Veg boxes are a great way to celebrate the fresh produce of the season. They’re an opportunity to try new foods while cutting down on time spent at the supermarket. However, you may find that your veg box contains too much of one item or an ingredient you’re simply unfamiliar with. What then?


Whether you’re looking for information on cooking new foods or seeking recipe inspiration to freshen up your meals, we have plenty of ideas to help you make the most of your veg box.

Also, see our helpful tips on how to make fresh fruit and veg last longer and preserve seasonal flavours. Find the best way to store your produce as well as which foods you can pop in the freezer.

Are you considering a veg box subscription? See our review of the best veg boxes to try including organic and wonky veg.

How to store vegetables

First things first, unpack your veg box and decide how to store all your produce. Some fruit and veg can be frozen for later, but if you prefer to eat them soon, see how best to store them.

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  • Store root vegetables, such as potatoes or beetroot, in a cool, dark, well-ventilated place. Potatoes can last for weeks, while new potatoes should stay fresh for a good few days.
  • Wash carrots, cut the green tops off and keep them in the fridge. For extra crispness, immerse them in a sealed container of cold water, making sure you change the water every few days.
  • Store brassicas, such as broccoli and cauliflower, in the fridge. Leaving them whole will help them last longer.
  • Leafy greens, including lettuce, kale and spinach, can be stored in a perforated bag in the fridge. Eat within 1-2 days for maximum crispness.
  • Try wrapping fresh herbs, such as sage and basil, in damp kitchen paper and store them in the fridge.

For more information on specific types of vegetables, see our glossary.

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Choosing vegetables for the freezer

If you don’t wish to eat everything in your veg box within the week, save some in the freezer for later. Some vegetables will require preparation – see our guidance for the best advice.

  • Rhubarb can be frozen from raw, simply trim off any stringy bits and cut into short lengths.
  • Chop or slice onion and freeze raw on trays.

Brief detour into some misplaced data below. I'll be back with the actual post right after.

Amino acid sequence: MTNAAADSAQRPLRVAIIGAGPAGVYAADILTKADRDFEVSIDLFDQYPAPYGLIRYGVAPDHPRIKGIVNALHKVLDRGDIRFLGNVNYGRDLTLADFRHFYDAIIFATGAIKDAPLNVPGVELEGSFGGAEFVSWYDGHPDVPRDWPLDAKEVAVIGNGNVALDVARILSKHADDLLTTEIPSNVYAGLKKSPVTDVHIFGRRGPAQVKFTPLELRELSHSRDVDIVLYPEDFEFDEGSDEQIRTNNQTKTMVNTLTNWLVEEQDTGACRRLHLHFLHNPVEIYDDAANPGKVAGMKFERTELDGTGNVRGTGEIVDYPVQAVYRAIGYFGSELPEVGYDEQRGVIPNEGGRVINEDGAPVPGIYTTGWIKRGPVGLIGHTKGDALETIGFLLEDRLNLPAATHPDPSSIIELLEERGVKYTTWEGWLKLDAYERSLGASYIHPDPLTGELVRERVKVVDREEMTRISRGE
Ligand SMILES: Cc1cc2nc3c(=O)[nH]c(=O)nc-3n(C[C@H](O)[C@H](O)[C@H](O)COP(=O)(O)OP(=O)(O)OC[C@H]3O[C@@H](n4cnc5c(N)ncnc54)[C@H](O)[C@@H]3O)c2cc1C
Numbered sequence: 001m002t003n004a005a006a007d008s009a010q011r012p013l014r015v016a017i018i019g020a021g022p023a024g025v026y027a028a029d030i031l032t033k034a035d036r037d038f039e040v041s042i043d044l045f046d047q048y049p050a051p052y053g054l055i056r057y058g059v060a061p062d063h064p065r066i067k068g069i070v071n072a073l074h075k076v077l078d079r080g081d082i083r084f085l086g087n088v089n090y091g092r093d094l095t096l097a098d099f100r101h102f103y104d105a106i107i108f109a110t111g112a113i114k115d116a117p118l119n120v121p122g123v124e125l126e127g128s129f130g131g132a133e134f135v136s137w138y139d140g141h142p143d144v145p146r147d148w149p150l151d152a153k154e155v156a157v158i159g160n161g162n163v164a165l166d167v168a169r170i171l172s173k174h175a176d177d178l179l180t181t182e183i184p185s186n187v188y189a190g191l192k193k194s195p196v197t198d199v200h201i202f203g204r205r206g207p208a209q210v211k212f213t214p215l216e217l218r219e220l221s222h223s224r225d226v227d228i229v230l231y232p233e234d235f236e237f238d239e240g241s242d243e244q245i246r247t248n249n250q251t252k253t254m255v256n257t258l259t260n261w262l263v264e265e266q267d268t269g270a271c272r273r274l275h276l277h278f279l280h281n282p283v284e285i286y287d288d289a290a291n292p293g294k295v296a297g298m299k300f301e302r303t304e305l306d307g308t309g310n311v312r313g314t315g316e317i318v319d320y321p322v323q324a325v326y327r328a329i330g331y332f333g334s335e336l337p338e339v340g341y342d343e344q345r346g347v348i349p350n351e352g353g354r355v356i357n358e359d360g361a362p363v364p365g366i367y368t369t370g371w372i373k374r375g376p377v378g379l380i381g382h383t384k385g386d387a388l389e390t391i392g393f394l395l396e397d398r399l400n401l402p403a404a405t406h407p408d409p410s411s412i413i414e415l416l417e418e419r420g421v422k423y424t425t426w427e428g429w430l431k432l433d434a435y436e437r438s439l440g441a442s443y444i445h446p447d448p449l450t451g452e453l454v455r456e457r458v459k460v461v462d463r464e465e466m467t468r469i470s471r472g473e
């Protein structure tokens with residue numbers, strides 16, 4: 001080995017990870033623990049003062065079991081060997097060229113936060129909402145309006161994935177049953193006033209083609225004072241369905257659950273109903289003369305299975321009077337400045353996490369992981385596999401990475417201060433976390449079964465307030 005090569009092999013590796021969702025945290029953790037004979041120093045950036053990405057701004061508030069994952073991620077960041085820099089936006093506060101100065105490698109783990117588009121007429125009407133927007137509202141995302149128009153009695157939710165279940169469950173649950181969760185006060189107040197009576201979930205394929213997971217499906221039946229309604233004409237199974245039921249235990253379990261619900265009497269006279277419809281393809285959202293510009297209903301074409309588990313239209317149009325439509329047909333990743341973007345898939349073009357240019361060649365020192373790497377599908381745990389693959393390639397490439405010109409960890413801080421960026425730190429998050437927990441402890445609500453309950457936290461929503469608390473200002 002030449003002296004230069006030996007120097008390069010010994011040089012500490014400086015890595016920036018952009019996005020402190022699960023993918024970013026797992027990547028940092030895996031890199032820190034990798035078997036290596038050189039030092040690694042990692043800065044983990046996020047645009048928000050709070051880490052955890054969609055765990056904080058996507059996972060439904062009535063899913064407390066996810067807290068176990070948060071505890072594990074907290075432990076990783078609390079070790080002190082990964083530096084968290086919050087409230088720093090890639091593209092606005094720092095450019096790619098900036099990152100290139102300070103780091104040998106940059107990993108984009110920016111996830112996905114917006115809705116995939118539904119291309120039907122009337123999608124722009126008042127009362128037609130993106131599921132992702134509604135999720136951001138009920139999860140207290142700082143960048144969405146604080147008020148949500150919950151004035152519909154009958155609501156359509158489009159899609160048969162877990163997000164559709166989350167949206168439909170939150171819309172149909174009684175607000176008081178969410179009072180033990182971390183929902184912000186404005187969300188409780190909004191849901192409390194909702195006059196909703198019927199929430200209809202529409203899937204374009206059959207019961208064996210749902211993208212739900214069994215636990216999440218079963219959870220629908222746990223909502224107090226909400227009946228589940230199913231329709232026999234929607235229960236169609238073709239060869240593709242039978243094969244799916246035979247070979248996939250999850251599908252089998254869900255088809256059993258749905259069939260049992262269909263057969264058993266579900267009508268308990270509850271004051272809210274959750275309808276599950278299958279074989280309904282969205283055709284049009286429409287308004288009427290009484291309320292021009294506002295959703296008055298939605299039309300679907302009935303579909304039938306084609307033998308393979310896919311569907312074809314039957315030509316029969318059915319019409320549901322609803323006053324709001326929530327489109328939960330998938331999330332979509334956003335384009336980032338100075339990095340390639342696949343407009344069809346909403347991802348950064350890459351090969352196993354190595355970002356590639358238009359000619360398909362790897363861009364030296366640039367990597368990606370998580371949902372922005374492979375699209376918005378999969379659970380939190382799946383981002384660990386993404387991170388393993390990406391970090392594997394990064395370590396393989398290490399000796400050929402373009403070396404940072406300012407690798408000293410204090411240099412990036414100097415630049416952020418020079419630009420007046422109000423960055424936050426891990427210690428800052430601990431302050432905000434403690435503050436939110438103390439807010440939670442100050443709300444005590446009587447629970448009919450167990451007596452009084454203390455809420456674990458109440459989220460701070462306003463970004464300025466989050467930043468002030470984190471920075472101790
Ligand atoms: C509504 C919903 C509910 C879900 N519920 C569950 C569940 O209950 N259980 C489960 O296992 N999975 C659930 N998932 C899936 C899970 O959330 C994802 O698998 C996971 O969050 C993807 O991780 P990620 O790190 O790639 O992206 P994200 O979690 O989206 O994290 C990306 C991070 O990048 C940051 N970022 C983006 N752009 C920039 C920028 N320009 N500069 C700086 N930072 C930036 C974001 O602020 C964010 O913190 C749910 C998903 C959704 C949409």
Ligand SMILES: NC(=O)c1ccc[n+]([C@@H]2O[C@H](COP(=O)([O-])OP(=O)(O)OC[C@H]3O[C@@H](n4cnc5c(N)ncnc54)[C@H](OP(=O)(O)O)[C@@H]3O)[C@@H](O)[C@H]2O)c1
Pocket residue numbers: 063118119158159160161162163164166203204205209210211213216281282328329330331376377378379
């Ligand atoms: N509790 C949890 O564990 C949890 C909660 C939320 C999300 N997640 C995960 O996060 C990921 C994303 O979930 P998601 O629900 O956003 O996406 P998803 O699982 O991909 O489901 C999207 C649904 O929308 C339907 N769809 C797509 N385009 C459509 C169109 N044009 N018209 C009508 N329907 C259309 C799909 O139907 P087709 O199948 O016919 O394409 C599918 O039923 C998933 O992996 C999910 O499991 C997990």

• Cut cauliflower or broccoli into florets, blanch for 2 mins in boiling water, pat dry and freeze on a tray.
  • For carrots and potatoes, chop into pieces, cook until al dente and freeze in batches.
  • For everyday fruit, such as strawberries, apples and bananas, wash or peel and freeze in slices.

Vegetables with a high water content, including lettuce, cucumber, bean sprouts and radishes, go limp and mushy when frozen, so freezing is not recommended. Soft herbs, such as parsley, basil and chives, are fine if frozen to be incorporated into dishes but are not recommended for garnishes.

Learn more with our complete freezing guide.

How to meal plan

The easiest way to make sure nothing goes to waste is to plan your meals for the week. Decide which veggies you’d like to use straight away then pick out your favourite recipes to use them up.

For affordable ideas, see our easy 7-day budget meal plans with family, vegetarian and quick options.

To get ahead for the week, see our healthy meal prep ideas, including lunches, dinners and snacks.

Roasted Vegetables

How to use up a glut

Too much of one particular ingredient in the box? See our easy ideas for using up a glut of veggies, plus ways to preserve the flavours of the season.

  • Shredding: sweeter veggies, such as carrots, courgettes and parsnips, can be grated and used in bakes like our classic carrot cake.
  • Blending: to make a warming soup, simply blitz vegetables cooked in stock, such as potatoes, cauliflower or butternut squash, with a hand blender. Try our delicious cauliflower soup.
  • Roasting: you can’t go wrong with a roasted vegetable traybake or rustic ratatouille.
  • Preserving: try new cooking methods to use up big batches of fruit and vegetables, such as making jam, fermenting or pickling.

Common veggies, such as courgette, sweetcorn and carrots, can be added to a variety of everyday dishes, including curries, pastas and soups.

For more ideas, see the top 10 ways to use up a garden glut.

What to do with seasonal produce

Veg boxes can include specialty or highly seasonal produce. Not sure what to do with a vegetable you’re less familiar with? Search for recipe inspiration and try something new. Here are a few ideas for making the most of seasonal fruit and veggies:

  • Use up sweet berries, lychees, gooseberries, blackcurrants or damsons in cocktails; you can infuse them in gin and vodka. They also add sweetness to bakes and desserts.
  • Make the most of legumes, including broad beans and runner beans, by tossing them into a pasta or curry.
  • Hearty veggies, such as marrow and Jerusalem artichoke, are perfect for roasting in a traybake or blending into a soup.
  • Slow cook dark, leafy veg, such as cavolo nero and Swiss chard, in stews to lessen their strong, bitter flavour.
  • Turn freshly foraged wild garlic into a pesto or infuse in butter to add to recipes.
  • Fragrant elderflower can be preserved and used in a cordial or a springtime bake.

Discover which ingredients are in season and what to expect in your veg box with our seasonal calendar.

Enjoyed these ideas? See more inspiration...

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